It has been an interesting season for this issue. Ontario Today featured a phone-in on the amount and quality of school supervision. In 2007 in Ontario, teacher's collective agreements began to institute a cap on the number of supervision minutes that a principal could demand of her teachers. The issue is profoundly influenced by the lack of response on the part of school administrators to a crisis. One boy required brain surgery*. He had obviously been neglected in an office. It is not a surprise. More often than not principals are out of the school at meetings. This role falls to support staff.
Newer vice-principals, or their acting designates, are usually in charge in the office, and do not necessarily understand how to respond in a crisis. Of course, the truth is that it is the office administrator, that wonderful woman who tends to be disciplinarian, psychiatrist, nurse and protector of all, who juggles phone calls from (irate?) parents, media, trustees, etc., all the while must supervise the ill child in the "nurse's room", with no nurse available. I think that the office staff must adopt the strict guidelines in Long-Term Care homes: any incident and the family must be contacted. It is good policy and would prevent the issues identified by many families. Whether there is blood or not, any fall, a family member must be informed.
In the past, newbie principals, newly removed from teacher's federations, with little experience began to overreact to potential litigation issues. Around the year 2000, there was a 60% figure for principals with 5 or fewer years experience in this role. As principals were no longer colleagues with teachers, there was much more of an us and them mindset.
I was quite happy, as a supervising teacher, to send a child to the office, where they can phone 'home' and the parents can make a decision. The alternative is simply to have the family notified for anything that goes on. It is a simply policy and a basic priority. I did not have nursing skills, and no access to a phone. I cannot leave a yard. The protocol is to either send the child in, or send a runner to notify the office. Many schools now have walkie-talkies and office staff can be contacted. The media needs to not frighten parents. Most schools in Ontario have well-supervised yards, with protocols.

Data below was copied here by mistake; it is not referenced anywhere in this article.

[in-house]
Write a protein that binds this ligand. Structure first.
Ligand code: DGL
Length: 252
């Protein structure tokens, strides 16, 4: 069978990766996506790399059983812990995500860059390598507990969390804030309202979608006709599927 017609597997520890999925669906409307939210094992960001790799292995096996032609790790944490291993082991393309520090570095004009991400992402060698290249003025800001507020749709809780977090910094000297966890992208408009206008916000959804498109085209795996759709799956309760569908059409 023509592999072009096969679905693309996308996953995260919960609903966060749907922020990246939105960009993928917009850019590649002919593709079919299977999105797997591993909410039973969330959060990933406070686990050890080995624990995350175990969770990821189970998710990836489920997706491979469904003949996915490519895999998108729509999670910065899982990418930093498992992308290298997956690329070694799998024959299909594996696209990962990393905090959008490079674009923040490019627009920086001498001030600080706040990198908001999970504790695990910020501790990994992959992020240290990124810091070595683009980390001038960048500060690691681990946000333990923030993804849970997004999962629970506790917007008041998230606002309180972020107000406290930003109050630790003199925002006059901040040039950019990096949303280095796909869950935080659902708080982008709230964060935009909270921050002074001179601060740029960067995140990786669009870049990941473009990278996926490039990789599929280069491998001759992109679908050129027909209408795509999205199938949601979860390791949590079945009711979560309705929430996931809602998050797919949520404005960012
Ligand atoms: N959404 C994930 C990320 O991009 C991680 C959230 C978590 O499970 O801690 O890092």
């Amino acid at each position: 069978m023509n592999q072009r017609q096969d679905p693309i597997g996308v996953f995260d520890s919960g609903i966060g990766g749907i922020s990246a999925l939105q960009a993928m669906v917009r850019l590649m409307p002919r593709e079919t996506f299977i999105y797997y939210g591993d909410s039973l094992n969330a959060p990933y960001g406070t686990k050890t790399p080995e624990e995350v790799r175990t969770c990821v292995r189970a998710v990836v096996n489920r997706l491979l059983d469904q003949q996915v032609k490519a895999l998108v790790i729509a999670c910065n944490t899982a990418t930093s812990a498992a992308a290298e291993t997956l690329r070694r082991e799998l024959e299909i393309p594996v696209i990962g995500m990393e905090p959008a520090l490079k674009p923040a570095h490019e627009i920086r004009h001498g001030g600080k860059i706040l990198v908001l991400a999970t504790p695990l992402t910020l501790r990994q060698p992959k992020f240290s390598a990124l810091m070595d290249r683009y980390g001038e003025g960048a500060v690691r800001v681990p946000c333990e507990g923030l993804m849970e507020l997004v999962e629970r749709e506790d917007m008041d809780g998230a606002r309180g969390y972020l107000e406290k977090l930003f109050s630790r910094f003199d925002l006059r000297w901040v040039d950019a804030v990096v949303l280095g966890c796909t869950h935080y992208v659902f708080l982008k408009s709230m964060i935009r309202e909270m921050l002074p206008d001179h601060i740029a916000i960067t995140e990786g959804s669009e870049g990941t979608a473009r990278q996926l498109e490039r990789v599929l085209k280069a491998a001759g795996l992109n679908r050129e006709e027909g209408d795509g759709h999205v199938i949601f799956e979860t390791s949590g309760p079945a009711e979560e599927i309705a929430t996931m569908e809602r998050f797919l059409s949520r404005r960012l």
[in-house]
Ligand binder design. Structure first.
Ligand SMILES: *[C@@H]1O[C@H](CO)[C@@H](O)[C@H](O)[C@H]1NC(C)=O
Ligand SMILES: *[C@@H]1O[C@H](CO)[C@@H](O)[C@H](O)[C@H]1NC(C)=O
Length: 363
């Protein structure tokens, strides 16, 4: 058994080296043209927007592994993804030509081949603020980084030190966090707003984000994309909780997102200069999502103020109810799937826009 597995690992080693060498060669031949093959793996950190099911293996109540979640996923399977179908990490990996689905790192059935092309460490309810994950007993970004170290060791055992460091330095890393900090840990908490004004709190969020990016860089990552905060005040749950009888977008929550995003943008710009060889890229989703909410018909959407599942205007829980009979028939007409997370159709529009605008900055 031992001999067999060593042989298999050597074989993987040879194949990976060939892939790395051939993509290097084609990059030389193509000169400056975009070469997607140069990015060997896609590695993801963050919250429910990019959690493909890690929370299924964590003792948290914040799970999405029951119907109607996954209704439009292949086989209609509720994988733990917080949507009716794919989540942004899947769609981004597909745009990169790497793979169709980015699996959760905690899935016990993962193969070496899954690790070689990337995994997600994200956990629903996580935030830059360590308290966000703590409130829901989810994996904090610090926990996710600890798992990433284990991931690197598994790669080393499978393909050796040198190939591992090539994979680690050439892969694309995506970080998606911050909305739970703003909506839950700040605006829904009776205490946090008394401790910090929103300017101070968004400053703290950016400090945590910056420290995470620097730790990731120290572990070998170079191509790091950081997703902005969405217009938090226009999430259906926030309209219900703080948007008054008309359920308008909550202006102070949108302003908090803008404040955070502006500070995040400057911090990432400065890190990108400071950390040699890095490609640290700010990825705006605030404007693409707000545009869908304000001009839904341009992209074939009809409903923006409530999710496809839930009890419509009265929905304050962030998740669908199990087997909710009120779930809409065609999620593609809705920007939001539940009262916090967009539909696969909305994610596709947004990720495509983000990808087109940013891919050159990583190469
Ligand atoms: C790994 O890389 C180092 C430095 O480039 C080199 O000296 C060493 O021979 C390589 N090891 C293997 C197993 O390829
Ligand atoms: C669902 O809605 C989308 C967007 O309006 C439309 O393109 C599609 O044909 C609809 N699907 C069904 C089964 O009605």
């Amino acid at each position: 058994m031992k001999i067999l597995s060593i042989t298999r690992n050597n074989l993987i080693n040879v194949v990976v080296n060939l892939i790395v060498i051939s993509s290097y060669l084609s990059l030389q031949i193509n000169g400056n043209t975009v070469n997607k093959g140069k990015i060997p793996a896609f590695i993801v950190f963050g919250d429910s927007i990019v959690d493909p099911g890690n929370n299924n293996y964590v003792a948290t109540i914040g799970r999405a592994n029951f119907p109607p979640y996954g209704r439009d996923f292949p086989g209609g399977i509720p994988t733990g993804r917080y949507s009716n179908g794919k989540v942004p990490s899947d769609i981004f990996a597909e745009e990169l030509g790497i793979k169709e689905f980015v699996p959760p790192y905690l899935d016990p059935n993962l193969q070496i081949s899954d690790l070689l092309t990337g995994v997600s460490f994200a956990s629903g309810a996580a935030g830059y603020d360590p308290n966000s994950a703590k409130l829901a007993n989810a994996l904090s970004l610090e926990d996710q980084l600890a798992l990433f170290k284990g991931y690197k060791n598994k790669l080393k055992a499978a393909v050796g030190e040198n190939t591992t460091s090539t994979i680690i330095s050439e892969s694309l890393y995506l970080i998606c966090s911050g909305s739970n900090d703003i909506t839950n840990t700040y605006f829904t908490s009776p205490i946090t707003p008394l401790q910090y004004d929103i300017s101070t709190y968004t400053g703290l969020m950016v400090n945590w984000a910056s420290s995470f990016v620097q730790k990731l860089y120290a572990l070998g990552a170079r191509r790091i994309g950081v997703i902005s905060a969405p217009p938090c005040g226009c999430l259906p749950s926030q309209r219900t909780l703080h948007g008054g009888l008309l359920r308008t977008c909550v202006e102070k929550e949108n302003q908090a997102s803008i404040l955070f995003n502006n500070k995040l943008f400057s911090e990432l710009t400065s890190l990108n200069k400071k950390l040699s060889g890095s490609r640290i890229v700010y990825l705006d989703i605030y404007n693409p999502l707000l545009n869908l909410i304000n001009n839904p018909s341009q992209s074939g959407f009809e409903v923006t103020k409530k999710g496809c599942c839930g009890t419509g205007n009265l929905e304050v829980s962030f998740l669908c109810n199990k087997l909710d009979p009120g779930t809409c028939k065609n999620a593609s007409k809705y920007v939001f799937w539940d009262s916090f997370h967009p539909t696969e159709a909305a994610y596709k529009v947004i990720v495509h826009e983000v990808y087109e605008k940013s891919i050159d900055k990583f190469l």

New teachers have little training in supervision or discipline issues. The bullying crisis, perhaps manufactured by the press, has gone on since my husband lived on a farm, with no electricity and hydro. New teacher do not understand how to prevent bullying and fighting. Internet "cyberbullying" issues have brought this problem to a head as the level of abuse becomes more severe. But that is a sidebar issue!
Discipline and supervision are different issues in the schoolyard versus the classroom, or lunch room. The Ontario Principal's Council is advocating for rules around ratios of numbers of children. This provides a false sense of security, since accidents, by their nature, cannot be prevented. I can supervise two lunch rooms with suppoort. I found that I could watch a soccer-field sized area, with 100 students, are watch for and prevent bullying and confrontations.
What I could not prevent were the fights and the accidents that are a result of normal kids interacting on a regular basis, confined to classrooms all day. They are advocating for a set number, but one-size does not fit all.
What we must prevent is the neglect of a child in an office, with staff already juggling people and problems.
28 Nov 2007 ... London, Ont., parents sue school over son's skull fracture: The parents of a London, Ont., boy who needed brain surgery after a schoolyard ...
Grandsitting 2.5 Thursday - Thursday, Aug. 17 We began the morning with the story. Izzy spent hours on this with me, setting it up, then going through the next chapters of her story. ...
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